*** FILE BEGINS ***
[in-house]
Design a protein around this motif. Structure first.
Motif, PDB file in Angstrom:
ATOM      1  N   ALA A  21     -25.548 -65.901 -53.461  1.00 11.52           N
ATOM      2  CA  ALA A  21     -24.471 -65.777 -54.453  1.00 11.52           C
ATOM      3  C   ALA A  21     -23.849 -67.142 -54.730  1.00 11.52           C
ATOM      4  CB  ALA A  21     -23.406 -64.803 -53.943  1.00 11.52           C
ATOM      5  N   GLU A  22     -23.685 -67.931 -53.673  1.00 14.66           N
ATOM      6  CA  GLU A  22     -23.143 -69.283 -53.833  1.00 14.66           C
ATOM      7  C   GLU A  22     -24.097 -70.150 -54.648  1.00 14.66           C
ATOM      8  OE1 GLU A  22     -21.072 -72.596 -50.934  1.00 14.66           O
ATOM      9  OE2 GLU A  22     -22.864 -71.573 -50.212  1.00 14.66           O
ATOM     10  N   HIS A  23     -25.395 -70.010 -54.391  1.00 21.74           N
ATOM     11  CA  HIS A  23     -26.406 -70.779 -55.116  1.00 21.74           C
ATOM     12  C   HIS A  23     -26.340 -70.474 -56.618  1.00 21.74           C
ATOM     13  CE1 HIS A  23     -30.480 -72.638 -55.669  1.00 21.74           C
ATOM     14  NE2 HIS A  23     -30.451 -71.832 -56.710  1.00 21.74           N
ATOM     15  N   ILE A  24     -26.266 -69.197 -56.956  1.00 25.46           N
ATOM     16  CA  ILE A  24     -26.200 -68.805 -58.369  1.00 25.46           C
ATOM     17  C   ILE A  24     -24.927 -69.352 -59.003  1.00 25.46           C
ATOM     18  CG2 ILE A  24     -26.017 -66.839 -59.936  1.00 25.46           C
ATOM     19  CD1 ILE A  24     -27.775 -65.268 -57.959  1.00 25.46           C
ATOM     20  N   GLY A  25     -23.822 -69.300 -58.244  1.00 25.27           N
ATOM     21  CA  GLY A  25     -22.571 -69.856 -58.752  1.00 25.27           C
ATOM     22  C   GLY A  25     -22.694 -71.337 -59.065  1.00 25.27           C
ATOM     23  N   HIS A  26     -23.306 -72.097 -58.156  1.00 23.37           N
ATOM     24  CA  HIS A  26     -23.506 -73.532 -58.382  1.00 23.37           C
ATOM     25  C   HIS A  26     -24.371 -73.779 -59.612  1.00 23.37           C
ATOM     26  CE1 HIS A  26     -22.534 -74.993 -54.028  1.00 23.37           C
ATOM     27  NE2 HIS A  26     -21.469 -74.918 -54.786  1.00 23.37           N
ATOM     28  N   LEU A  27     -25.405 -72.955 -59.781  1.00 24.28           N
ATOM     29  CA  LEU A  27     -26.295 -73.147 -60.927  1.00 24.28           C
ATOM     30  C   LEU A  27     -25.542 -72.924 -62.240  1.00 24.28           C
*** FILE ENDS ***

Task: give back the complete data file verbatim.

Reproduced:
[in-house]
Design a protein around this motif. Structure first.
Motif, PDB file in Angstrom:
ATOM      1  N   ALA A  21     -25.548 -65.901 -53.461  1.00 11.52           N
ATOM      2  CA  ALA A  21     -24.471 -65.777 -54.453  1.00 11.52           C
ATOM      3  C   ALA A  21     -23.849 -67.142 -54.730  1.00 11.52           C
ATOM      4  CB  ALA A  21     -23.406 -64.803 -53.943  1.00 11.52           C
ATOM      5  N   GLU A  22     -23.685 -67.931 -53.673  1.00 14.66           N
ATOM      6  CA  GLU A  22     -23.143 -69.283 -53.833  1.00 14.66           C
ATOM      7  C   GLU A  22     -24.097 -70.150 -54.648  1.00 14.66           C
ATOM      8  OE1 GLU A  22     -21.072 -72.596 -50.934  1.00 14.66           O
ATOM      9  OE2 GLU A  22     -22.864 -71.573 -50.212  1.00 14.66           O
ATOM     10  N   HIS A  23     -25.395 -70.010 -54.391  1.00 21.74           N
ATOM     11  CA  HIS A  23     -26.406 -70.779 -55.116  1.00 21.74           C
ATOM     12  C   HIS A  23     -26.340 -70.474 -56.618  1.00 21.74           C
ATOM     13  CE1 HIS A  23     -30.480 -72.638 -55.669  1.00 21.74           C
ATOM     14  NE2 HIS A  23     -30.451 -71.832 -56.710  1.00 21.74           N
ATOM     15  N   ILE A  24     -26.266 -69.197 -56.956  1.00 25.46           N
ATOM     16  CA  ILE A  24     -26.200 -68.805 -58.369  1.00 25.46           C
ATOM     17  C   ILE A  24     -24.927 -69.352 -59.003  1.00 25.46           C
ATOM     18  CG2 ILE A  24     -26.017 -66.839 -59.936  1.00 25.46           C
ATOM     19  CD1 ILE A  24     -27.775 -65.268 -57.959  1.00 25.46           C
ATOM     20  N   GLY A  25     -23.822 -69.300 -58.244  1.00 25.27           N
ATOM     21  CA  GLY A  25     -22.571 -69.856 -58.752  1.00 25.27           C
ATOM     22  C   GLY A  25     -22.694 -71.337 -59.065  1.00 25.27           C
ATOM     23  N   HIS A  26     -23.306 -72.097 -58.156  1.00 23.37           N
ATOM     24  CA  HIS A  26     -23.506 -73.532 -58.382  1.00 23.37           C
ATOM     25  C   HIS A  26     -24.371 -73.779 -59.612  1.00 23.37           C
ATOM     26  CE1 HIS A  26     -22.534 -74.993 -54.028  1.00 23.37           C
ATOM     27  NE2 HIS A  26     -21.469 -74.918 -54.786  1.00 23.37           N
ATOM     28  N   LEU A  27     -25.405 -72.955 -59.781  1.00 24.28           N
ATOM     29  CA  LEU A  27     -26.295 -73.147 -60.927  1.00 24.28           C
ATOM     30  C   LEU A  27     -25.542 -72.924 -62.240  1.00 24.28           C